Home / Be The Change / ‘Drug War has Failed’ Governor to Pardon Thousands of People Convicted for Pot

‘Drug War has Failed’ Governor to Pardon Thousands of People Convicted for Pot


Montpelier, VT — Those members of government who are willing to challenge the status quo and stand against injustice are few and far between. Those members of government who not only stand against injustice but take action to reverse are all but entirely mythical. However, Vermont governor Peter Shumlin is one of those people.

Peter Shumlin just announced one of the boldest moves by a politician in recent history — he is going to pardon thousands of people whose lives were ruined by the war on drugs.

“Today I am announcing an effort using the Governor’s pardoning power to expedite our move to a saner drug policy and criminal justice system,” the Governor said on Thursday. “Decriminalization was a good first step in updating our outmoded drug laws. It makes no sense that minor marijuana convictions should tarnish the lives of Vermonters indefinitely.”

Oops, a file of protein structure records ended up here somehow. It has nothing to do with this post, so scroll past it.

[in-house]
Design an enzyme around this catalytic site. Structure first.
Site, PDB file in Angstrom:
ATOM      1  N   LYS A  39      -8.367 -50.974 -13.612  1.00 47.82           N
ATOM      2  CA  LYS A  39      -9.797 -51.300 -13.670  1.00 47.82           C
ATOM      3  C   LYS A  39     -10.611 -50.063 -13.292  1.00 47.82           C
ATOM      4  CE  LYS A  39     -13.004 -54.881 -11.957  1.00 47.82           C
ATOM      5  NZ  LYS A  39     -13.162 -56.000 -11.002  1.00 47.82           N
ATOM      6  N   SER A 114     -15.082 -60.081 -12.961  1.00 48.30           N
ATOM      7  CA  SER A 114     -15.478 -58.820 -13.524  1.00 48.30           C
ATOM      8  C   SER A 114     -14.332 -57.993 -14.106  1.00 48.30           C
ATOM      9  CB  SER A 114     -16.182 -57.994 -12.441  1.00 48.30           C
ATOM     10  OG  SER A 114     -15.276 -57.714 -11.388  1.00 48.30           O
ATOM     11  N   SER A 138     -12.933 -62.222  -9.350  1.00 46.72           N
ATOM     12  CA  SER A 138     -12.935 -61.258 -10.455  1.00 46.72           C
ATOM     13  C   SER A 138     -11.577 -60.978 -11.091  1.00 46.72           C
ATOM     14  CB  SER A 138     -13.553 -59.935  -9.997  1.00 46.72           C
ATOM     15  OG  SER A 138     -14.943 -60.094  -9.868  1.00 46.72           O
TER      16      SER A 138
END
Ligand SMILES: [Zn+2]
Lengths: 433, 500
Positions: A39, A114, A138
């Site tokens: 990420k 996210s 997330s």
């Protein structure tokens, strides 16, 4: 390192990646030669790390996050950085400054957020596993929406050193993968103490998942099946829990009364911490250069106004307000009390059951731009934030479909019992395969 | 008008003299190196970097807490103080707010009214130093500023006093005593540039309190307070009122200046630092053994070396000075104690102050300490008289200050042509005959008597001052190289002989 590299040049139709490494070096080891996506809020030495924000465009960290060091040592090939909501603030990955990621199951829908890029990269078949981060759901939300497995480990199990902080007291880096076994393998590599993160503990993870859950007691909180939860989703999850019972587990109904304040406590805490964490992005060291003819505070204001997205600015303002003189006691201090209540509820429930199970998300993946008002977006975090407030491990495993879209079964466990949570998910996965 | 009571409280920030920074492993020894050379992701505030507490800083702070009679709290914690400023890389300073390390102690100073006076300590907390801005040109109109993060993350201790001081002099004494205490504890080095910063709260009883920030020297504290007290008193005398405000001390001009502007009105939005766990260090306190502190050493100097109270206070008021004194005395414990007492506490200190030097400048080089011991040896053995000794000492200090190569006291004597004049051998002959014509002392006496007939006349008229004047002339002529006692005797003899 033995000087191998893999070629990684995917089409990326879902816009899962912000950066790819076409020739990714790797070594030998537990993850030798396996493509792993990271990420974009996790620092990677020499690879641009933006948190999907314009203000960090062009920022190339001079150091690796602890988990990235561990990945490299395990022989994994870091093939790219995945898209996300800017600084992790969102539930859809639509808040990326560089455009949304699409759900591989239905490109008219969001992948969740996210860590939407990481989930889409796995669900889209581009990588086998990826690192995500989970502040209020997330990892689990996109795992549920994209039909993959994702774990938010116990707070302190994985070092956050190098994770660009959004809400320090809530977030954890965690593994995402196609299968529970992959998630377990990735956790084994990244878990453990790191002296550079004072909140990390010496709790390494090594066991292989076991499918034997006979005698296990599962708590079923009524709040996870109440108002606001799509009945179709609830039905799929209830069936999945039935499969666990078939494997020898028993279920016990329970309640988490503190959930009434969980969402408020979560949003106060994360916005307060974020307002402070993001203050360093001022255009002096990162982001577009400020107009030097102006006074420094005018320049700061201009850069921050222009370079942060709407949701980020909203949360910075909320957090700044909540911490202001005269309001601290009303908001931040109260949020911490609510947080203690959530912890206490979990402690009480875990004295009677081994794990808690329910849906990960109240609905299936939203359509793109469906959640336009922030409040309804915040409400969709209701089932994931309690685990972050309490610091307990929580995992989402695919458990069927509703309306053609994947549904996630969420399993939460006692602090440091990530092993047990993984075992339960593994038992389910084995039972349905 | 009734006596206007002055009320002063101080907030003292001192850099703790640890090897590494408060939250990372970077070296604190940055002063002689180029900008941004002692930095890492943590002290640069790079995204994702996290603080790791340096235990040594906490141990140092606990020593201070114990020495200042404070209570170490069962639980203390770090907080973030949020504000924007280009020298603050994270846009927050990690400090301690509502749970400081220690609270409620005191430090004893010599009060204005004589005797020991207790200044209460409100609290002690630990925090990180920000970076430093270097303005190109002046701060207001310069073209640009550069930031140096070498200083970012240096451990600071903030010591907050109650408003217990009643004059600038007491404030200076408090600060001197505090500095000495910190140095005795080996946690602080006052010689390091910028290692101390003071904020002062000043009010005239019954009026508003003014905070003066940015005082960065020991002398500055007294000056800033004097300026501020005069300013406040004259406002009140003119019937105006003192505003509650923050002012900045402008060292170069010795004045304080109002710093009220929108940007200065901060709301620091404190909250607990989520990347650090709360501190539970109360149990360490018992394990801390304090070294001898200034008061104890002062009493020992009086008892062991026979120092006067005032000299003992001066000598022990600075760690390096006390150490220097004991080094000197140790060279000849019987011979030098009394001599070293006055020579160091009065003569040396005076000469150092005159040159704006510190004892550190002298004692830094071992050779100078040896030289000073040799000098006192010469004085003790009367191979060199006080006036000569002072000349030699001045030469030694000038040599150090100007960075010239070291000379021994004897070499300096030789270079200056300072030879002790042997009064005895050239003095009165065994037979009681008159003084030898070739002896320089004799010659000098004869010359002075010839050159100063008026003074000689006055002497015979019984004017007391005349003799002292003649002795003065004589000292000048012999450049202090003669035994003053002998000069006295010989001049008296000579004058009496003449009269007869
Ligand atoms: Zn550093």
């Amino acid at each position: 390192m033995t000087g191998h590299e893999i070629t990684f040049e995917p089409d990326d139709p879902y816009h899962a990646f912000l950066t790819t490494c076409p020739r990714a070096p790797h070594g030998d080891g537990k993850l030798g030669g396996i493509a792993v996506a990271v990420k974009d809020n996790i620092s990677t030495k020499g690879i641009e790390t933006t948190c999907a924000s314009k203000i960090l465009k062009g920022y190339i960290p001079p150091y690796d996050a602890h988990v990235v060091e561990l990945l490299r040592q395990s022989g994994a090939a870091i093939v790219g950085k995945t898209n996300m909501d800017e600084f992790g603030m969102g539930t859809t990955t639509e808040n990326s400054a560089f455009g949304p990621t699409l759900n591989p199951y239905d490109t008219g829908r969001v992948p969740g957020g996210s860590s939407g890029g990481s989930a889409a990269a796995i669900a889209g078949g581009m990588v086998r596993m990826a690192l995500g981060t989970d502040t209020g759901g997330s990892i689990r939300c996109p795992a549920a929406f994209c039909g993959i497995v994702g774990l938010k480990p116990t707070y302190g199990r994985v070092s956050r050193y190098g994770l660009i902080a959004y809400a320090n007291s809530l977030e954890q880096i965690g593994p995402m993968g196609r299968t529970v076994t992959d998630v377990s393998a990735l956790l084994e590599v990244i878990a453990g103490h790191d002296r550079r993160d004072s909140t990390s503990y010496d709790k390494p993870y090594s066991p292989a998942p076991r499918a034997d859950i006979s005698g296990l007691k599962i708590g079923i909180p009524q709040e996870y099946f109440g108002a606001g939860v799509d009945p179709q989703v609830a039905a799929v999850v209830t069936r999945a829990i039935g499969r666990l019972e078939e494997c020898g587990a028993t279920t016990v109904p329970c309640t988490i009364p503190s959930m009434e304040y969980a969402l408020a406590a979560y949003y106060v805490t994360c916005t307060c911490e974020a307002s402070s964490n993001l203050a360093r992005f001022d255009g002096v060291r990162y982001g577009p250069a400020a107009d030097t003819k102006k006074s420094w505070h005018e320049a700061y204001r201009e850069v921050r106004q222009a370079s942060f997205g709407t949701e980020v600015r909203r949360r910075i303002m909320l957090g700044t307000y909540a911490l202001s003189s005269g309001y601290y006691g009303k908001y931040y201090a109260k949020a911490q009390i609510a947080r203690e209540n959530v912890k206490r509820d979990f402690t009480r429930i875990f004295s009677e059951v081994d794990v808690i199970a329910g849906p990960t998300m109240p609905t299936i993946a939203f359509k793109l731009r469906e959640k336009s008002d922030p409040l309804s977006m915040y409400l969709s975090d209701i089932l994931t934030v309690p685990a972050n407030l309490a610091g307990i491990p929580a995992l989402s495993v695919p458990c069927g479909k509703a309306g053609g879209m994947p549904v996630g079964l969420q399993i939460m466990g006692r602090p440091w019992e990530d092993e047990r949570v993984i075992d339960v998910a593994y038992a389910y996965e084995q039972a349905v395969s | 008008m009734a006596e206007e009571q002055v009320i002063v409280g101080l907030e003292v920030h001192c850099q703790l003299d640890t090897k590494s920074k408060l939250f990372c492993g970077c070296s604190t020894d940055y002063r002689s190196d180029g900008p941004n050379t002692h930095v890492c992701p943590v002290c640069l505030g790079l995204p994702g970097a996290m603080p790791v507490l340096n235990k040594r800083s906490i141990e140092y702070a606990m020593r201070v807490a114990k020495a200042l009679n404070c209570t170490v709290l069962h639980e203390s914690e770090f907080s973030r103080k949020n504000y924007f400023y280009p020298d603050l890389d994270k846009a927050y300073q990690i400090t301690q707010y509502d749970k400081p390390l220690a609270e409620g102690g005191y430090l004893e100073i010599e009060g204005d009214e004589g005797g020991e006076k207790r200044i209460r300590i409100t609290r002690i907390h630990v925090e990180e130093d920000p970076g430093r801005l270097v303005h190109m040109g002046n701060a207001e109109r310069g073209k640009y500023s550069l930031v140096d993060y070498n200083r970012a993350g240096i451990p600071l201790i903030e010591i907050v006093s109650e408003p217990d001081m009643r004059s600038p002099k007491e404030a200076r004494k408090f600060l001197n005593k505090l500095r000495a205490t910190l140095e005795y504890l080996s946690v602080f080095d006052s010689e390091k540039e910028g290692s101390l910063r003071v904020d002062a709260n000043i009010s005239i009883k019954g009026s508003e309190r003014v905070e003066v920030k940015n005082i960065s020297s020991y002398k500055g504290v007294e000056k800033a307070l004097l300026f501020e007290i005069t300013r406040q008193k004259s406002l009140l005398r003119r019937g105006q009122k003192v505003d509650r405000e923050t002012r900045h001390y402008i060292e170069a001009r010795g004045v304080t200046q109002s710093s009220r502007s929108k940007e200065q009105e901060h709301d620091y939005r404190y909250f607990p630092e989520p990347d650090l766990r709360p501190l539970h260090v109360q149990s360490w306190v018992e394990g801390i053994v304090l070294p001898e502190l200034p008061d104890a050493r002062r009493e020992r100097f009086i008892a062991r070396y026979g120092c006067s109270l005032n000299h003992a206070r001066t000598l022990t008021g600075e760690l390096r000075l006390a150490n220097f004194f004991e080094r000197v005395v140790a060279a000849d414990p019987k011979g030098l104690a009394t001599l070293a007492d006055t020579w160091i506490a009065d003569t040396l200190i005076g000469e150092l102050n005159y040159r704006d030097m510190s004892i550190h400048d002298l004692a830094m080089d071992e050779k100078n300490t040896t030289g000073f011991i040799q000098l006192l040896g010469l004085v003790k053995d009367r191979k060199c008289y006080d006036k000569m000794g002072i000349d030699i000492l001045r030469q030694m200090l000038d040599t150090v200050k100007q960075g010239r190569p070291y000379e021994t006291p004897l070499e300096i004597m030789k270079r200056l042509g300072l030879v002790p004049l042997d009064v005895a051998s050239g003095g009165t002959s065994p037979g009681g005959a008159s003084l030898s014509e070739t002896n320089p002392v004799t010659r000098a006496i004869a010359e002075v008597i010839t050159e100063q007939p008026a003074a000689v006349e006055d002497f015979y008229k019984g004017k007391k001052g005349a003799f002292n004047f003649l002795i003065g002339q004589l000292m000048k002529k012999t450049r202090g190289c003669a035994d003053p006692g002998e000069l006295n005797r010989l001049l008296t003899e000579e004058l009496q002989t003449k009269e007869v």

According to the most recent data in 2014, police arrested 1,561,231 people for drug violations in a single year — 83 percent were possession only. Of that 1.5 million, 700,993 arrests were for marijuana — 88 percent of those arrests were for people possessing the plant only.

“It could have happened in the 1960s, 1970s, 1980s. There are thousands of them,” said Shumlin.

Year after year, and now, decade after decade, millions of otherwise entirely innocent people have been deprived of their freedom, kidnapped, had their lives ruined, were thrown in a cage, or killed by police officers who are just doing their job while enforcing this immoral war on drugs.

Given these numbers, everyone in America is either related to or knows someone who has been arrested for drugs. An unfortunate minority have even seen their family members or friends slain in the name of this immoral war. The effects of police ruining so many lives enforcing drug laws have created the hostile environment in which we find ourselves today.